Vision for a new Malaysia

RECENT events involving our institutions of governance have reinforced my feeling that Malaysia is in dire straits.

What else can I say when the institution trusted to protect public coffers and the process of governance from unscrupulous machinations itself shows a lack of credibility in the ordinary citizen’s eyes?

Once you have decided this in your mind, though, it is a great relief in a way, because it allows us to usher in new attitudes, new strategies and a new will power to rebuild Malaysia ourselves without interference from those who do not want this country to be shared equally by all races and creeds.

I have written before about building what I call a “parallel Malaysia”. This is a Malaysia defined by ordinary citizens, built by ordinary citizens and nurtured for us ordinary citizens.

By ordinary, I mean citizens who have no honorific titles, no government positions and no great financial benefactor. By ordinary citizens I also mean those who are educated, those who are passionately motivated to work tirelessly, and those who believe in the simple spiritual values of helping others, of engaging with humility with others, and according respect to all.

Building this parallel country begins with a four-phase programme involving a group of ordinary citizens I call Citizens for Social and Religious Harmony, or C-SAR. The first group of 12 individuals would be academics, office bearers in the organisations of the different faiths, and educators. All the different races and faiths will be represented as well as citizens from Sabah and Sarawak.

The primary objective of C-SAR is to promulgate two simple perspectives. The first is that the history, heritage and culture of all races are all equally important and will serve as the foundation of our nation-building.

Secondly, from our various religions and beliefs the group will extract three eternal spiritual values: helping others, humility, and according dignity to all.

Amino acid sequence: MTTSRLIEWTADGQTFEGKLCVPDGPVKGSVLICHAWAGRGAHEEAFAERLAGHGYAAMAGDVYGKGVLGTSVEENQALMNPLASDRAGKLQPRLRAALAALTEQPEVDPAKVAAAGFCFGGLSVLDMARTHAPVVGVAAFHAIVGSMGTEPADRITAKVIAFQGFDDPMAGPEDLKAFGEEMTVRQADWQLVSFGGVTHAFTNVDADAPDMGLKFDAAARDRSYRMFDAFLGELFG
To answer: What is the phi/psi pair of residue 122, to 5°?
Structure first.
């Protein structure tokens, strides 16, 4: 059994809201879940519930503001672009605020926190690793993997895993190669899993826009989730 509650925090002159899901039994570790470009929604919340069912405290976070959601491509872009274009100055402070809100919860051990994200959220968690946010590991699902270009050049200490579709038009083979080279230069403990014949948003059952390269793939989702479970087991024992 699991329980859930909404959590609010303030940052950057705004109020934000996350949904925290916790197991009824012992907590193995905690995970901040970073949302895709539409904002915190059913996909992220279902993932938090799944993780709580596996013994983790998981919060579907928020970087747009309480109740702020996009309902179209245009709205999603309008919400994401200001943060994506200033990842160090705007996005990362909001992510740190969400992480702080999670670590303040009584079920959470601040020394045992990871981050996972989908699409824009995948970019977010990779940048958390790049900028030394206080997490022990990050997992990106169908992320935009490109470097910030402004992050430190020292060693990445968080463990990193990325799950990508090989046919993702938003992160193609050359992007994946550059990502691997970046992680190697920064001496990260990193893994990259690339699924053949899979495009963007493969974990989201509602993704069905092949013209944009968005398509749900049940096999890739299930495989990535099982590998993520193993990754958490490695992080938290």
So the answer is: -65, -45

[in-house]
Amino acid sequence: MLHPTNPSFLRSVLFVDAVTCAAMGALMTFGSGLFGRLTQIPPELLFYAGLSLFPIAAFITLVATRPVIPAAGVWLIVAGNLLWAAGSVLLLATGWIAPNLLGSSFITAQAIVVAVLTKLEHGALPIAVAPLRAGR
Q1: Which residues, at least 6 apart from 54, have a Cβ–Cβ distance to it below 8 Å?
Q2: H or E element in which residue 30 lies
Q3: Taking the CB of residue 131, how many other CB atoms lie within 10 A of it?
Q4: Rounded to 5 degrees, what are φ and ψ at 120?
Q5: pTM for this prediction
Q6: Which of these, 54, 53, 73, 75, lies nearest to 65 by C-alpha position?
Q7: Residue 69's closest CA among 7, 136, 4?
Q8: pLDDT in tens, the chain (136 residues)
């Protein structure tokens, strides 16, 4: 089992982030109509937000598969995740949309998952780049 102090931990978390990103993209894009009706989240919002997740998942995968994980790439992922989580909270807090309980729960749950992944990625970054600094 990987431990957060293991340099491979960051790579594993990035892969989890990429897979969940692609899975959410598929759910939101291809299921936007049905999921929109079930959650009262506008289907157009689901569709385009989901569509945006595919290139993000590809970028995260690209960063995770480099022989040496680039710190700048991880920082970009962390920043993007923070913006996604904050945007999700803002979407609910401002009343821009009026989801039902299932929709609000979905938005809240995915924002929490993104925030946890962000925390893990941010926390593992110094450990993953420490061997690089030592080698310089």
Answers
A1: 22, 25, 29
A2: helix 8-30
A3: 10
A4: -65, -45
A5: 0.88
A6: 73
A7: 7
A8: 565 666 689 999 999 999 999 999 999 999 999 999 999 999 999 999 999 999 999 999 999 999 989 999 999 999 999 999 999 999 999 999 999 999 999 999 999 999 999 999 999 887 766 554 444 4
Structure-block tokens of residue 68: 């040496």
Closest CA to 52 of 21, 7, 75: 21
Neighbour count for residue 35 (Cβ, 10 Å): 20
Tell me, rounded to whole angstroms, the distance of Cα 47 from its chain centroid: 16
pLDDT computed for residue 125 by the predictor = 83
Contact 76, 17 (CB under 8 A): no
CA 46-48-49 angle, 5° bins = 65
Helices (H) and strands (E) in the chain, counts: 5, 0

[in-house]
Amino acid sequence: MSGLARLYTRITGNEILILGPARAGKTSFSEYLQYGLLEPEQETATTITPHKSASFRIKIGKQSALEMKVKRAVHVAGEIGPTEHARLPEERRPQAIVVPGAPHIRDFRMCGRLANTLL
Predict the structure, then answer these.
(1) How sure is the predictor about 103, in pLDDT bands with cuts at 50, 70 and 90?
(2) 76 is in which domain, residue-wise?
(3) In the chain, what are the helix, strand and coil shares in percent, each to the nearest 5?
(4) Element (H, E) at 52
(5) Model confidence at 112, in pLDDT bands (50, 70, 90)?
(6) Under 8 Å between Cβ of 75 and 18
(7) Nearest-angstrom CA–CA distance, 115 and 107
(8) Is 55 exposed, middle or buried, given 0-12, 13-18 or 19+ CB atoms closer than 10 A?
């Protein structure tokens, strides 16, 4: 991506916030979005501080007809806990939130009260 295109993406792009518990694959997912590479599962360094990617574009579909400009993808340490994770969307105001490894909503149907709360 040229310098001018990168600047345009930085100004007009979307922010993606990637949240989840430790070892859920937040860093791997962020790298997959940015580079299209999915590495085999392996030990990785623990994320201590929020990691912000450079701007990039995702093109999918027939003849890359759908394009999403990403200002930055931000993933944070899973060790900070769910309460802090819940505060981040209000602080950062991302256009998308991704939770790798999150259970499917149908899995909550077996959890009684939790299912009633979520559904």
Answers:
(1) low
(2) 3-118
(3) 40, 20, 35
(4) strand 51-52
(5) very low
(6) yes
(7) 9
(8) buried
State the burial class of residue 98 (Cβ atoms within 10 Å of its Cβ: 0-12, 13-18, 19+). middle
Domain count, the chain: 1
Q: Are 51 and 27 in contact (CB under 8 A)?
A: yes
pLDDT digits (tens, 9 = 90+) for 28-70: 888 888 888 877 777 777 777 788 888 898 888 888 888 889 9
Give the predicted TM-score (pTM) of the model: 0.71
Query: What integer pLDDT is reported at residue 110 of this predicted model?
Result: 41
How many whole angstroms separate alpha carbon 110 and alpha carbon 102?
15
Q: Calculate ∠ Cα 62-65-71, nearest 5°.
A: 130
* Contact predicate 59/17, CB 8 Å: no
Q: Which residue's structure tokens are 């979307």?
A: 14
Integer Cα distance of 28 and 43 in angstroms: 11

These two perspectives will help build a harmonious existence for all.

The C-SAR group will have four phases of development.

The first phase is the publication of two books (or two sets of books). The first will document the histories of all our peoples of all races and of all faiths, and how they contribute to nation-building; its title would be A Complementary History of Race, Religion and Cultures Towards Nation-Building.

This is intended to fill the huge gap left by the history taught in our schools currently that is more focused on the involvement of a single race and faith in our nation’s progress.

The second book will contain and expound on the three spiritual values – helping others, humility, and according dignity to all – that will help build a harmonious existence and how they can be used to diffuse any religious conflicts henceforth.

The book will contain scriptural evidence and commentaries by personalities as well as activities that will help in the forging and nurturing of our social wellbeing. The title of this book will be Spiritual Values and Nation-Building.

The second phase will be about talks and workshops to be held with teachers, academics, universities, schools, and private and public sector workers on the ideas introduced in the two books.

C-SAR’s third phase is the implementation of retreats – say four-week camps, for instance – for young people, adults and families that will immerse them in the social activities derived from the two perspectives.

This phase will also see the establishment of an Institute for History, Spirituality and Nation-Building that would serve as the foundation of a school and a university free from the dictates of the present educational infrastructure.

Both the school and the university will have an international accreditation body of educationists and experts who are also imbued with the right spirit of rebuilding society from a global perspective.

This third phase will also initiate an “Anak Angkat” (adoption) programme where all teens will experience living temporarily with families that are not of their race and/or faith.

The fourth and final phase will see the construction of a 500ha holiday resort where true Malaysians can spend a weekend or a month living in a society of real citizens imbued with the spirit of the Rukun Negara, a place where all will play, rest and pray together without the hindrance of politics or narrow-minded ideas about race and religion.

With God’s help, I envision finally a C-SAR-created township of 10,000 Malaysians living, working, praying and learning in an agroservice settlement with a fully sustainable political system, energy resources and food production, as well as a zero tolerance for poverty. This township will serve as a model for other townships of true Malaysian spirit with a global outlook.

American architect and futurist Buckminster Fuller once said that we should not fight a bad idea directly but should instead create and nurture a good idea till the bad idea perishes in irrelevance.

I hope this vision I have is that good idea, and that it will not remain mine alone but will be owned by all citizens who love this country for what it once was and what it could one day be.

To realise this dream of our own Malaysia for our children’s children, we just need to answer this: To do or not to do, that is the question.

Prof Dr Mohd Tajuddin Mohd Rasdi is Professor of Architecture at UCSI University. The views expressed here are entirely the writer’s own.